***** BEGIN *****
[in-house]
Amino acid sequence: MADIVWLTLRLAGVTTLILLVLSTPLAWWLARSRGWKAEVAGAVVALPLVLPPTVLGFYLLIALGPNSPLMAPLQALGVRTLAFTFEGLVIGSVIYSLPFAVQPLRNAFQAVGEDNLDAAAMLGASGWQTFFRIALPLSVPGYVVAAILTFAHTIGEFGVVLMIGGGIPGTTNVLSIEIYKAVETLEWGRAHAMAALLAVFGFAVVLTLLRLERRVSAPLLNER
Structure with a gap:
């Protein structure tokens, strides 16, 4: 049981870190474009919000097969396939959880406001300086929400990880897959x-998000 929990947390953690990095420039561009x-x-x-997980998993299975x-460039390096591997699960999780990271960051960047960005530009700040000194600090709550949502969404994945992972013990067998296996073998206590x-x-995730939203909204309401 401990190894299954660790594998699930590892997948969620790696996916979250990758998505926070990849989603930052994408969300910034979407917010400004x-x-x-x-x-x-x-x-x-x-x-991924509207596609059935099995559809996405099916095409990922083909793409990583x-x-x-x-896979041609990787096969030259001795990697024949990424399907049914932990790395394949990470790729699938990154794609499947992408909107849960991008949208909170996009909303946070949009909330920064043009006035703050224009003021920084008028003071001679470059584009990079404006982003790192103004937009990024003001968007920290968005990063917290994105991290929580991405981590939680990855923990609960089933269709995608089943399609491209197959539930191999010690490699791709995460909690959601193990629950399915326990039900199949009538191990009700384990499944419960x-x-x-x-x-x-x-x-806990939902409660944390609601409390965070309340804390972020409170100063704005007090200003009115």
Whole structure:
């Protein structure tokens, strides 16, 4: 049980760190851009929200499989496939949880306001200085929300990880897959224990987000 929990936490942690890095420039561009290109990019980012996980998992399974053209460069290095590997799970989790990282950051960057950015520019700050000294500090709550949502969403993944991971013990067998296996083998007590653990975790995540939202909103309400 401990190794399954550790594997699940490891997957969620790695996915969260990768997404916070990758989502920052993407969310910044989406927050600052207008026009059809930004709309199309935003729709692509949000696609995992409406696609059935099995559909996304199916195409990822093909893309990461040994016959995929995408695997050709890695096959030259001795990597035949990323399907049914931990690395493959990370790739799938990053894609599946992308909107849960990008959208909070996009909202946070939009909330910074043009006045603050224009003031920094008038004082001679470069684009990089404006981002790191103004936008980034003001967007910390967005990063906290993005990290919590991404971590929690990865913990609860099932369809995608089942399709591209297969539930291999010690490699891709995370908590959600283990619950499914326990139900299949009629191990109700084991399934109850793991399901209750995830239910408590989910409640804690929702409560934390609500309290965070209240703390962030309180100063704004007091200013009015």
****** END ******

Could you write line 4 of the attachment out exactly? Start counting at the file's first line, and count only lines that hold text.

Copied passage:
């Protein structure tokens, strides 16, 4: 049981870190474009919000097969396939959880406001300086929400990880897959x-998000 929990947390953690990095420039561009x-x-x-997980998993299975x-460039390096591997699960999780990271960051960047960005530009700040000194600090709550949502969404994945992972013990067998296996073998206590x-x-995730939203909204309401 401990190894299954660790594998699930590892997948969620790696996916979250990758998505926070990849989603930052994408969300910034979407917010400004x-x-x-x-x-x-x-x-x-x-x-991924509207596609059935099995559809996405099916095409990922083909793409990583x-x-x-x-896979041609990787096969030259001795990697024949990424399907049914932990790395394949990470790729699938990154794609499947992408909107849960991008949208909170996009909303946070949009909330920064043009006035703050224009003021920084008028003071001679470059584009990079404006982003790192103004937009990024003001968007920290968005990063917290994105991290929580991405981590939680990855923990609960089933269709995608089943399609491209197959539930191999010690490699791709995460909690959601193990629950399915326990039900199949009538191990009700384990499944419960x-x-x-x-x-x-x-x-806990939902409660944390609601409390965070309340804390972020409170100063704005007090200003009115």